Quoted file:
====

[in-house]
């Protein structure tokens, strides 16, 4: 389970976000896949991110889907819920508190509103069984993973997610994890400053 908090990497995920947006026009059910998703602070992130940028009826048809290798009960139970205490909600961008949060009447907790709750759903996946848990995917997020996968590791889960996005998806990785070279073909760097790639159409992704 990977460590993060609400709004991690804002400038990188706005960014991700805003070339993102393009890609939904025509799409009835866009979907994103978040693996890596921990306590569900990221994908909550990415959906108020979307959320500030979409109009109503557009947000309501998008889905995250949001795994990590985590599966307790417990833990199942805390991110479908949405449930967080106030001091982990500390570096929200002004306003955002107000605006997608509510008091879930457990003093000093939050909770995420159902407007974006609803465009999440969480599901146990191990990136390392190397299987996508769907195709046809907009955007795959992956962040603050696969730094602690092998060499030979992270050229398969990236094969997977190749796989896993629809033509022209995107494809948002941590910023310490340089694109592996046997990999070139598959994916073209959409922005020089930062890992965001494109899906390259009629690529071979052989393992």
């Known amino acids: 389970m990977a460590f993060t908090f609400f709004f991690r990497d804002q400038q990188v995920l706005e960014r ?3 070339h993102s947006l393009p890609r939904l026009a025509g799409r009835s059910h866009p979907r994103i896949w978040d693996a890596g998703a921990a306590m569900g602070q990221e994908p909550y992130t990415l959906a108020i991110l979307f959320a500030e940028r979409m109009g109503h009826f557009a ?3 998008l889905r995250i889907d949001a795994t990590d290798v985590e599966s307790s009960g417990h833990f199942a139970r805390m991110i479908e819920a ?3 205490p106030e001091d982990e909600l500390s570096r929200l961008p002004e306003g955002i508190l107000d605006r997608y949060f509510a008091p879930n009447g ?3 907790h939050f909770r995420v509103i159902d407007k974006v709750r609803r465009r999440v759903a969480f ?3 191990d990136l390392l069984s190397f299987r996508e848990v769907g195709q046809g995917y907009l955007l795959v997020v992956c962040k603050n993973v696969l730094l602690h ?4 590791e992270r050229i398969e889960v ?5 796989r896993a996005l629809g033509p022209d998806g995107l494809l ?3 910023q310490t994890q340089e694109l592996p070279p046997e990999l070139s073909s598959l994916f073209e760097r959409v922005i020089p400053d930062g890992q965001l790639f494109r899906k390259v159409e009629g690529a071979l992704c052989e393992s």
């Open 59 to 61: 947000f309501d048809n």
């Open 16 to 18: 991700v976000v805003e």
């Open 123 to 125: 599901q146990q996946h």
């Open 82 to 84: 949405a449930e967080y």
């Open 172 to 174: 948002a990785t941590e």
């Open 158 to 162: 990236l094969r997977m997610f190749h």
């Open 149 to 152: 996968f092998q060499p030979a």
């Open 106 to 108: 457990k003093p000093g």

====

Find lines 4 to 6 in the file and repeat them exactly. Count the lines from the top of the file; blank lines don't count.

């Open 59 to 61: 947000f309501d048809n």
């Open 16 to 18: 991700v976000v805003e």
């Open 123 to 125: 599901q146990q996946h």